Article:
Finally, Finding No. 24 states that “Defendant Tycorp Pizza IV, Inc. had no assets except for an undocumented loan from Tycorp Pizza of N.C., Inc. and had no business operation of any kind.” Defendant Bland testified that Tycorp IV owned no real or personal property. When asked if Tycorp IV ever had any assets, he stated it “had a fair amount of cash that was being advanced to it from Tycorp Pizza of North Carolina.” According to Bland, Tycorp NC made lease payments for Tycorp IV for over four years, totaling $232,622.91. Tycorp NC also paid architectural fees and renovation costs. However, Tycorp NC had lost money every year since its inception. Tycorp NC was funded by bank loans and profits made by Tycorp Pizza of Virginia, Inc. because the earnings from all thirty-six of defendant's restaurants went “into a single pot.”     Defendant argues in his brief that in addition to the financing from Tycorp NC, Tycorp IV also had the following assets: a commitment from the landlord under the lease to provide a $75,000 construction allowance, $200,000 worth of restaurant equipment, a subscription agreement for $1,000, and authorization from Pizza Hut to open and operate a Pizza Hut restaurant on the premises. However, these assets, in addition to advancements from a failing corporation, were insufficient to allow defendants to conduct the necessary renovations to the leased premises and to open and operate a restaurant thereon. Furthermore, Finding No. 24 states that Tycorp IV “had no business operation of any kind.” Bland testified Tycorp IV “never had any operations” and “was formed to simply hold this one lease.” While the trial court's statement that Tycorp IV had “no assets except for an undocumented loan from Tycorp Pizza of N.C., Inc.” may have been technically incorrect, the evidence in the record does support a finding that these assets were insufficient under the circumstances to support the operation of defendants' restaurant and that Tycorp IV “had no business operation of any kind.”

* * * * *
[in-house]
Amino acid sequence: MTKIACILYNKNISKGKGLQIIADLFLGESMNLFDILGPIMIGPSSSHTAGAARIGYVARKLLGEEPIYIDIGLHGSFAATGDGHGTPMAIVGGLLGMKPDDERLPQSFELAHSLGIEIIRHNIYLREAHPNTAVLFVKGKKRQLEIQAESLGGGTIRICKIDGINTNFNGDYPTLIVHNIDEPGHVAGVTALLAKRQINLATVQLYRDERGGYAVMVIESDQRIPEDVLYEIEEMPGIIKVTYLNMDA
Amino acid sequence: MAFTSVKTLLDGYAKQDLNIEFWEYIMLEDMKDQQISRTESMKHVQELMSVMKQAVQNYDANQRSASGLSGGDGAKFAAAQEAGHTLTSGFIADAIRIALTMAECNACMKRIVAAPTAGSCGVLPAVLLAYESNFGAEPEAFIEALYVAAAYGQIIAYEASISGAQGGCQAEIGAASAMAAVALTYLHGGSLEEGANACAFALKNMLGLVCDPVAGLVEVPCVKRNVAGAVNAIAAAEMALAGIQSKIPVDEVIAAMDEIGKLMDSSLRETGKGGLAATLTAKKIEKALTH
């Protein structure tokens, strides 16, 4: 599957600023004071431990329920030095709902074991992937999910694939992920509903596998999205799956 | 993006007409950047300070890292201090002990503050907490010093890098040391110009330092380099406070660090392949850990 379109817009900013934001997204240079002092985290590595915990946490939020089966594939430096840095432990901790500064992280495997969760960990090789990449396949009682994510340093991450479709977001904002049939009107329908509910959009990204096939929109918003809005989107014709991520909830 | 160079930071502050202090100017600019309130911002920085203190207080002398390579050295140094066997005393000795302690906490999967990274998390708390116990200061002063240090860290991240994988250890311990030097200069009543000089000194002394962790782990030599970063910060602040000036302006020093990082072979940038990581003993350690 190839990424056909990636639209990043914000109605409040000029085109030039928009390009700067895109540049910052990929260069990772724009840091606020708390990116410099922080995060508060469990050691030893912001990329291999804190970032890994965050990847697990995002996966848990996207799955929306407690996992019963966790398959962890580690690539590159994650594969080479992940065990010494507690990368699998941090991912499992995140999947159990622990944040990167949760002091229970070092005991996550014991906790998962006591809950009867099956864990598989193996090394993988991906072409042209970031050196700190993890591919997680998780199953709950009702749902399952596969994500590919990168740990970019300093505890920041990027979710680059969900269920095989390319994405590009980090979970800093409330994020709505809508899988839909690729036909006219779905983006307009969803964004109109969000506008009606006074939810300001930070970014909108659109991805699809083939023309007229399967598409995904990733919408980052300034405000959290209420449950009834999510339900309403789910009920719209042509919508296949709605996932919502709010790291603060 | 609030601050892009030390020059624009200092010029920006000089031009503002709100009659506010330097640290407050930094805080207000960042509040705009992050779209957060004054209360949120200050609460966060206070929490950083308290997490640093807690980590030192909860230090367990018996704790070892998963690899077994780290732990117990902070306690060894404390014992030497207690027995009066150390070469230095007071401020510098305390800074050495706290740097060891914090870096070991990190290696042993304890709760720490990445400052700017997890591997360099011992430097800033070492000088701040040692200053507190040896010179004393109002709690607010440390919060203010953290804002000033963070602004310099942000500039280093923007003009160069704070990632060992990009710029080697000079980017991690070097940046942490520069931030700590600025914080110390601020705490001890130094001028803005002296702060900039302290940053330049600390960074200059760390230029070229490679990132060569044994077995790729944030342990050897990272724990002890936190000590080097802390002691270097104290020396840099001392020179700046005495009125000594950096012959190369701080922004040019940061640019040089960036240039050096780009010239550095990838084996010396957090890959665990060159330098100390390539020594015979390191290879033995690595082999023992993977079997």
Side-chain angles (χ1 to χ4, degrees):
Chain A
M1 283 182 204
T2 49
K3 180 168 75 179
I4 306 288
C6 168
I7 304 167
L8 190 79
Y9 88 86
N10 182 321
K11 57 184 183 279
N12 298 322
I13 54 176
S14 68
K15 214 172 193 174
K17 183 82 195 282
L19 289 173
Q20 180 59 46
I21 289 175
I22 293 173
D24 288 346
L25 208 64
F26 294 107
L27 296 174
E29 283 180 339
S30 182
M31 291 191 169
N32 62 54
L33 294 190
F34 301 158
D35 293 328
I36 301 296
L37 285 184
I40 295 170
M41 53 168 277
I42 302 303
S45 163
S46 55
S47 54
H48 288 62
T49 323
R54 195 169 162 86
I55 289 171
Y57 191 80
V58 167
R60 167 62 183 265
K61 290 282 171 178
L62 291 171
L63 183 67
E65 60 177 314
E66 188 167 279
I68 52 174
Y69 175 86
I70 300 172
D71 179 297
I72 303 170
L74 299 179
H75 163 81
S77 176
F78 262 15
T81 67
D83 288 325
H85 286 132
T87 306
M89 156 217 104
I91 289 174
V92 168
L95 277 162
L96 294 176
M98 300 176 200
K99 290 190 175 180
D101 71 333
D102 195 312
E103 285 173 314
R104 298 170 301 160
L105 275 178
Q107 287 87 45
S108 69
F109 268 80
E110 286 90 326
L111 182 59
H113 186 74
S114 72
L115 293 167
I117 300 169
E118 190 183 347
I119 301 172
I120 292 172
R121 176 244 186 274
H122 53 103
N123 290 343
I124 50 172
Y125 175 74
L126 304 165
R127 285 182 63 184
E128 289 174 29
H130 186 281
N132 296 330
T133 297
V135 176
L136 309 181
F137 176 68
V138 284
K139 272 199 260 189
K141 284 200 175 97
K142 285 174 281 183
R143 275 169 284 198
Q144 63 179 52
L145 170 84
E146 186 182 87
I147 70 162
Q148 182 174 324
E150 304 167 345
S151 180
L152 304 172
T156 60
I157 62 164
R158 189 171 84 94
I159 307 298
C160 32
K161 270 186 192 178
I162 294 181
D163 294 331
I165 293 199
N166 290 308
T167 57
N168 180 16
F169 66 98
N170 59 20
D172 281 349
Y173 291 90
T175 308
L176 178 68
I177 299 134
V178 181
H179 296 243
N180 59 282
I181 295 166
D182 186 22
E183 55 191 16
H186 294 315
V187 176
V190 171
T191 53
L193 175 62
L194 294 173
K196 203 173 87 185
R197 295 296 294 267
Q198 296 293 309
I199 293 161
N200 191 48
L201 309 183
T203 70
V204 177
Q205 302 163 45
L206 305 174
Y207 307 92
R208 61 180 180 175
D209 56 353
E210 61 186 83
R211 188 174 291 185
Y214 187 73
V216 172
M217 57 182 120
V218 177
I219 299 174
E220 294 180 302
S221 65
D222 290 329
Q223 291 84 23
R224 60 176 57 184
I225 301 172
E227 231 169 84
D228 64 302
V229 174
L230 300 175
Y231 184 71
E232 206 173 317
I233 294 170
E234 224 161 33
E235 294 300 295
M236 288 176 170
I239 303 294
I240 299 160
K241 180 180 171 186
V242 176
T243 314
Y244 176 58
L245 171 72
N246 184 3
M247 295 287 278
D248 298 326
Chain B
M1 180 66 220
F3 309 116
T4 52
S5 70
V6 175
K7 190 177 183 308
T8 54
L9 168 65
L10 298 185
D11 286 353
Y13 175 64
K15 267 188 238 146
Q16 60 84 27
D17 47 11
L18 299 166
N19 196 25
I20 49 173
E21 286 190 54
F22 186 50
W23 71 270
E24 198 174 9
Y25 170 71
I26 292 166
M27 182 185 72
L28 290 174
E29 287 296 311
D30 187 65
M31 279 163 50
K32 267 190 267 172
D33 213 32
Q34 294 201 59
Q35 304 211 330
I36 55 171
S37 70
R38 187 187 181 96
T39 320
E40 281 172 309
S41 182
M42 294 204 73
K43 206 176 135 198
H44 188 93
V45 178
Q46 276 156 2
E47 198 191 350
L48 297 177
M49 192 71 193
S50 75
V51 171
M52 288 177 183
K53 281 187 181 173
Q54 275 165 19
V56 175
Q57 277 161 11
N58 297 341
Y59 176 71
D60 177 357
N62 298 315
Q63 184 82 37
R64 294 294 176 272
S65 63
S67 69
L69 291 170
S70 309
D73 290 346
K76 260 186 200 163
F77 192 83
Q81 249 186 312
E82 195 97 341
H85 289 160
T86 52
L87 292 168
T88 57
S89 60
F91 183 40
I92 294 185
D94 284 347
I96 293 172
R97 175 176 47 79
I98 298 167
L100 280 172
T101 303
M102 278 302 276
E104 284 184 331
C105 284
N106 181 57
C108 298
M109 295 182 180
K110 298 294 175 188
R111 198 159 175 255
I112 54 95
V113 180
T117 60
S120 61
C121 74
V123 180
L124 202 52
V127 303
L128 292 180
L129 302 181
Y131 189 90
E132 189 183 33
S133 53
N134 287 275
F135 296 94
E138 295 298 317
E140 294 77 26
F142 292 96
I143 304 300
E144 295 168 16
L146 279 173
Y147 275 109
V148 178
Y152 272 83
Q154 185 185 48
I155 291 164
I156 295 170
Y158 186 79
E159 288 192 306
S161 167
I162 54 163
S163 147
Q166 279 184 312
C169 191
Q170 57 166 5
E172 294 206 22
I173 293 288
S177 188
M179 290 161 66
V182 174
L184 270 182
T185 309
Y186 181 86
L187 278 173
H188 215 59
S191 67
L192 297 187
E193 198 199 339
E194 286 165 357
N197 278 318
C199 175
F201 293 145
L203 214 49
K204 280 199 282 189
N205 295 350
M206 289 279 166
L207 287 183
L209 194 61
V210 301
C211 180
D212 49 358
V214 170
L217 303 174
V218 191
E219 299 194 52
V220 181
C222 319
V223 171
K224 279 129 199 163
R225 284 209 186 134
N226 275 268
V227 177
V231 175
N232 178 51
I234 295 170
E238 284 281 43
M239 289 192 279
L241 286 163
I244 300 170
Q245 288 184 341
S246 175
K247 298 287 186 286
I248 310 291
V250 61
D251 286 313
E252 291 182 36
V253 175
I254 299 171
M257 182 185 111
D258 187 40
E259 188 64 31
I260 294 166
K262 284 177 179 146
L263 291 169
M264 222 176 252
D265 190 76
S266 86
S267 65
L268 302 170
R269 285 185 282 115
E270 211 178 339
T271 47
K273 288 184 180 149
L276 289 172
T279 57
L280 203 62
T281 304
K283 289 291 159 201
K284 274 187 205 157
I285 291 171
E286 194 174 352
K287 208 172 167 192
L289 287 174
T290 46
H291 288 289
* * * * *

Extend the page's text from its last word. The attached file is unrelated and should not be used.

We conclude, based on the evidence before us, that the trial court's findings of fact regarding the extent of Bland's control over Tycorp IV and the other Tycorp companies were supported by competent evidence. We must now ask whether these findings of fact support the trial court's conclusions of law that Tycorp IV was the alter ego and mere instrumentality of the individual defendant Bland.     [2] We have previously considered the following factors in determining the level of control a corporate or individual defendant exercises over a corporation:
        1.     Inadequate capitalization (“thin incorporation”).

        2.    Non-compliance with corporate formalities.

        3.    Complete domination and control of the corporation so that it has no independent identity.

        4.    Excessive fragmentation of a single enterprise into separate corporations.

Glenn, 313 N.C. at 455, 329 S.E.2d at 330-31 (internal citations omitted). However, it “is not the presence or absence of any particular factor that is determinative. Rather, it is a combination of factors which . . . suggest that the corporate entity attacked had 'no separate mind, will or existence of its own' and was therefore the 'mere instrumentality or tool' of the dominant corporation.” Id. at 458, 329 S.E.2d at 332.